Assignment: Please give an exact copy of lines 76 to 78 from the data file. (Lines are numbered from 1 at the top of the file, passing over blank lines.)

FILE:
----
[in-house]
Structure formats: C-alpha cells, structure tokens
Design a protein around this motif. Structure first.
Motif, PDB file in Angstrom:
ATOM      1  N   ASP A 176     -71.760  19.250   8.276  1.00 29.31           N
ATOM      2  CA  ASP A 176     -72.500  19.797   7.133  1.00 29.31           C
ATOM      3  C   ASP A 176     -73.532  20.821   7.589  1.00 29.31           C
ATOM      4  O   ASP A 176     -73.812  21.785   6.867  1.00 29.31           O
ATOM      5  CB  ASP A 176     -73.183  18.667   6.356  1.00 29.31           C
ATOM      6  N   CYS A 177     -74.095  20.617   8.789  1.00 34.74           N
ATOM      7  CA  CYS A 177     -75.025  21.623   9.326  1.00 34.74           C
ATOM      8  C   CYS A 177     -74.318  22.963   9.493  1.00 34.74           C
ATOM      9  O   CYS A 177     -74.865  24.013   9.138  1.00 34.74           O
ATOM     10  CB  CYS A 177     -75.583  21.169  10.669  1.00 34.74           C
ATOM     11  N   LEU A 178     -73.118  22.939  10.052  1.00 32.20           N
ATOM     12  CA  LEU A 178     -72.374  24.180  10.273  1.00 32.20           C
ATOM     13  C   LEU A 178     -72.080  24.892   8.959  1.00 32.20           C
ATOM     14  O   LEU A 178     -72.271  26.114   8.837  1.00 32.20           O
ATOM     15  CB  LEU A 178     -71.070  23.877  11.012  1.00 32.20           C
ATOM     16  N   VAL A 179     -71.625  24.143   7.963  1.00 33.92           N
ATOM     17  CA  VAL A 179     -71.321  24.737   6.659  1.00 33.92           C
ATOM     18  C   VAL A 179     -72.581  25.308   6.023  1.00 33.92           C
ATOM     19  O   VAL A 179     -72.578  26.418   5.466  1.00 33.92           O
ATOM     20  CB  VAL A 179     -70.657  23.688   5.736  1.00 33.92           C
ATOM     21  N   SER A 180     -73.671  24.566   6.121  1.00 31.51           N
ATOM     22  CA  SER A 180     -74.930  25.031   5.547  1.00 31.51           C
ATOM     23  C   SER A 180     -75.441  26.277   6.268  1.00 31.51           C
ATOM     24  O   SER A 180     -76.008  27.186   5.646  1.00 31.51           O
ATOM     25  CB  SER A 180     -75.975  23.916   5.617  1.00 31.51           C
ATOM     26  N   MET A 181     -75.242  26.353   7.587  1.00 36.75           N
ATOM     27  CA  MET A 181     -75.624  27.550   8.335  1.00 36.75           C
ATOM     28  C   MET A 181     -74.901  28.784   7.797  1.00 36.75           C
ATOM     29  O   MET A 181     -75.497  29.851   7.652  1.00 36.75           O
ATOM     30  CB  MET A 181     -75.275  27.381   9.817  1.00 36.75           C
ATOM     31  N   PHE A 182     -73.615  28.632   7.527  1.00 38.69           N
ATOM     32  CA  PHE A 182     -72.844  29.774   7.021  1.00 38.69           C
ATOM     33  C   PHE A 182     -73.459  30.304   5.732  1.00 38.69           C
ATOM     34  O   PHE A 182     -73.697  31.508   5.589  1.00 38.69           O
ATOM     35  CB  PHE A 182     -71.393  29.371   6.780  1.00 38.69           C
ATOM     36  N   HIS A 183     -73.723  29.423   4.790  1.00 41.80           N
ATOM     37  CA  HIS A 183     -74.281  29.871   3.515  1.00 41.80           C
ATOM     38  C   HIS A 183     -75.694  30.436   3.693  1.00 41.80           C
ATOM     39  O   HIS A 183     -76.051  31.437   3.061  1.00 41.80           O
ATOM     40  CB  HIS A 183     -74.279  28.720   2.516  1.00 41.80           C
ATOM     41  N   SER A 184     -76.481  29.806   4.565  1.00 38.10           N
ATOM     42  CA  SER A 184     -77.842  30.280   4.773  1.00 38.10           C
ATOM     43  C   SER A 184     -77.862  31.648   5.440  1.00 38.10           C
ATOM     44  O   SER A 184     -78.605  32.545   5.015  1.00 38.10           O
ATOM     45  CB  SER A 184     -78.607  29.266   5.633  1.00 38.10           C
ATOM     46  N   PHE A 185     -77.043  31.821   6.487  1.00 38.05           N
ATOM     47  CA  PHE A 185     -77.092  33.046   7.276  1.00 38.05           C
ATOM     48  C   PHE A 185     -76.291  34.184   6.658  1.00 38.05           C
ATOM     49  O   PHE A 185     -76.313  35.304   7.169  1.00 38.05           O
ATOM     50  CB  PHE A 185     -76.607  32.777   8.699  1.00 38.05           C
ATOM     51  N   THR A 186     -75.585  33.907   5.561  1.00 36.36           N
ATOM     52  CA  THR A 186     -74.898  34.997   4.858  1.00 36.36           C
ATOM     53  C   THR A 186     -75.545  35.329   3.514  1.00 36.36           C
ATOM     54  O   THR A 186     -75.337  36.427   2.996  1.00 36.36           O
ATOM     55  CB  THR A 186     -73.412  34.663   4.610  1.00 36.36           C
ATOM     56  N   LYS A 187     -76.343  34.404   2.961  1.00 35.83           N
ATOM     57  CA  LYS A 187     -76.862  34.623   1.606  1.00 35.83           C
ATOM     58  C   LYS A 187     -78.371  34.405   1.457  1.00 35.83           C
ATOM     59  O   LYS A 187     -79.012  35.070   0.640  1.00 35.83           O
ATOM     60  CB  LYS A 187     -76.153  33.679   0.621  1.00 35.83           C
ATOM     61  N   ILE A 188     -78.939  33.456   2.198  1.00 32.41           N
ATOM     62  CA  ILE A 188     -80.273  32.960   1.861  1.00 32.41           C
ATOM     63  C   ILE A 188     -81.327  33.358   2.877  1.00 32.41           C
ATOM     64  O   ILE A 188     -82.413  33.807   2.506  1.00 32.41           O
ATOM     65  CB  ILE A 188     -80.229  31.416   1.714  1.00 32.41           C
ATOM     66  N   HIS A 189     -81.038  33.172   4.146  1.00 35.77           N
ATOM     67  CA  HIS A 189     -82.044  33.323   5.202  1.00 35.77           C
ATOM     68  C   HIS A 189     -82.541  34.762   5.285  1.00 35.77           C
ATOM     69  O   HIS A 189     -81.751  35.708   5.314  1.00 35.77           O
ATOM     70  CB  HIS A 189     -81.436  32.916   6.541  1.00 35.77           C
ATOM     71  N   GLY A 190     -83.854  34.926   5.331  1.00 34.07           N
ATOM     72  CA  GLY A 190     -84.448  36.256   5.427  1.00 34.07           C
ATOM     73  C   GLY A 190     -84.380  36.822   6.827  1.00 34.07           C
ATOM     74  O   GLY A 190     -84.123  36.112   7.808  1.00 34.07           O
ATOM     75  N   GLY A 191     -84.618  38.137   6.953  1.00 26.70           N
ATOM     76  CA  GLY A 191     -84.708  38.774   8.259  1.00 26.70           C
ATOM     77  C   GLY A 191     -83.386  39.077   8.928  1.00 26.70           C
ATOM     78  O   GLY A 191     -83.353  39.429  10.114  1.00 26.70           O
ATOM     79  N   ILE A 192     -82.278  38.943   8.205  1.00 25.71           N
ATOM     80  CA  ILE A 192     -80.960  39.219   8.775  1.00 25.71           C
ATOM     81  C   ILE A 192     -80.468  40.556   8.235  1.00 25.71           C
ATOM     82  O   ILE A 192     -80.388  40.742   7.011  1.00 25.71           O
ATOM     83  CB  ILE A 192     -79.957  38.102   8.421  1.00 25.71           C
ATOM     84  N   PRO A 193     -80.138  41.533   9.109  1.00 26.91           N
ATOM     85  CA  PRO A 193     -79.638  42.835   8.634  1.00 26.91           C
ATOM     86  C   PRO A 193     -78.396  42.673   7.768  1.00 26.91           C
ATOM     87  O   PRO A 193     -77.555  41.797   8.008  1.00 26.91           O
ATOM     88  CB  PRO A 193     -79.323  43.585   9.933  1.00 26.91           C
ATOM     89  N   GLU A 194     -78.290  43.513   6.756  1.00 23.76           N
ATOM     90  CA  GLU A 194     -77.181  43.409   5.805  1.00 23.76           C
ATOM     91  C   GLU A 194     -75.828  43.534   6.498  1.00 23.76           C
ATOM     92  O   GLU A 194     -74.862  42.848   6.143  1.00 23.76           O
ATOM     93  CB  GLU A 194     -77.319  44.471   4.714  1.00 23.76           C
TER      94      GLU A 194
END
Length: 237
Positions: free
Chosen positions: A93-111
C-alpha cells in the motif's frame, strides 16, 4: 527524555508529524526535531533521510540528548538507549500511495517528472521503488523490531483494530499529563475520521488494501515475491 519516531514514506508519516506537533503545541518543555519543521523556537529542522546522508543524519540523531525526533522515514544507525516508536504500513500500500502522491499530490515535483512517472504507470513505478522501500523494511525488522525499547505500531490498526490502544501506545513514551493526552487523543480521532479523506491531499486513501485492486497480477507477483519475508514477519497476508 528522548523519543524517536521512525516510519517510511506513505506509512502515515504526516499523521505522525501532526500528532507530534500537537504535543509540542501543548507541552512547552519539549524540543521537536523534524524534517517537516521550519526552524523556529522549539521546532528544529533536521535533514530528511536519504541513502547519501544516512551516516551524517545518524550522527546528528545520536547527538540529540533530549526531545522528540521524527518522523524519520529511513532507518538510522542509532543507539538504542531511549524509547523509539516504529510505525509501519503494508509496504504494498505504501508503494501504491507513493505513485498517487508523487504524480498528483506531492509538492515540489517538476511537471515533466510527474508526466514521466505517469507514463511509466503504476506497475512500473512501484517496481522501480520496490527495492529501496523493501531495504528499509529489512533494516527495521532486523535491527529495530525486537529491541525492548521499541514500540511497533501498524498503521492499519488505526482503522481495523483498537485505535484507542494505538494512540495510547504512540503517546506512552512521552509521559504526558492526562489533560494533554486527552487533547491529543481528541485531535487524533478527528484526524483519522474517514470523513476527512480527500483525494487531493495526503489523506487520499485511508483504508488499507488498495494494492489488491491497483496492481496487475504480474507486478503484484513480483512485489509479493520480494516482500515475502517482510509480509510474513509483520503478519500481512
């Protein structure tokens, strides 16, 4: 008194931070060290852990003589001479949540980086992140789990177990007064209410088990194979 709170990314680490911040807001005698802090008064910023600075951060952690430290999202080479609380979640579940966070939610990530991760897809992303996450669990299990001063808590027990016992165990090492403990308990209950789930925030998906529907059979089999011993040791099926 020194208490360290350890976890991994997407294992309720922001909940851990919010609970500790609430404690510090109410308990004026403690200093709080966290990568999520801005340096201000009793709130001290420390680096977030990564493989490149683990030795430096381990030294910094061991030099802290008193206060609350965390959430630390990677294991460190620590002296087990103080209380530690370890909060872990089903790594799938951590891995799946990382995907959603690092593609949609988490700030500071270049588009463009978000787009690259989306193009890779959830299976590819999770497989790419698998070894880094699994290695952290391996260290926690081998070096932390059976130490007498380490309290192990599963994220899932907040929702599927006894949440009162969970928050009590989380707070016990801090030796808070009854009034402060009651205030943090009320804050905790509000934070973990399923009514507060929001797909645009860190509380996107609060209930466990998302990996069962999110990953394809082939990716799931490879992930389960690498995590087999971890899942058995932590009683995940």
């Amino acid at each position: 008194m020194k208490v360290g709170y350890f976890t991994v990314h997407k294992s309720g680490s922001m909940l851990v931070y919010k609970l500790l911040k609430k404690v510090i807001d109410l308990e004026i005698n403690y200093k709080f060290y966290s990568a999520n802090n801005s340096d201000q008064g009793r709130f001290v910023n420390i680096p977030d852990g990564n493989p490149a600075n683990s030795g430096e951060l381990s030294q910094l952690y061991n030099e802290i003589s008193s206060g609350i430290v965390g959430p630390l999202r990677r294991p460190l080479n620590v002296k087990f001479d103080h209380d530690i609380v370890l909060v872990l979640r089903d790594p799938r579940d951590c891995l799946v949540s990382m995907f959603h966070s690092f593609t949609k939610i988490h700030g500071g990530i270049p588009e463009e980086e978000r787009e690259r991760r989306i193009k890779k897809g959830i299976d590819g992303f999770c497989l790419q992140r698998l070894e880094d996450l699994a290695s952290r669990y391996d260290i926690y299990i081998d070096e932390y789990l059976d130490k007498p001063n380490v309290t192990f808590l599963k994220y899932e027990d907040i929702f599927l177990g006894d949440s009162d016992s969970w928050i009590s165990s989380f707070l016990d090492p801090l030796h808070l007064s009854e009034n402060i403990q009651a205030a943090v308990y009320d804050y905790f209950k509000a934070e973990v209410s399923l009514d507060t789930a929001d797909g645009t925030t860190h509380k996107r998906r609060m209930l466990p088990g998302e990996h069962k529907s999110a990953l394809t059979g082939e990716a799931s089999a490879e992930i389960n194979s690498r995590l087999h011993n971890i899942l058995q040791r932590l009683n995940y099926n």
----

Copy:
ATOM     72  CA  GLY A 190     -84.448  36.256   5.427  1.00 34.07           C
ATOM     73  C   GLY A 190     -84.380  36.822   6.827  1.00 34.07           C
ATOM     74  O   GLY A 190     -84.123  36.112   7.808  1.00 34.07           O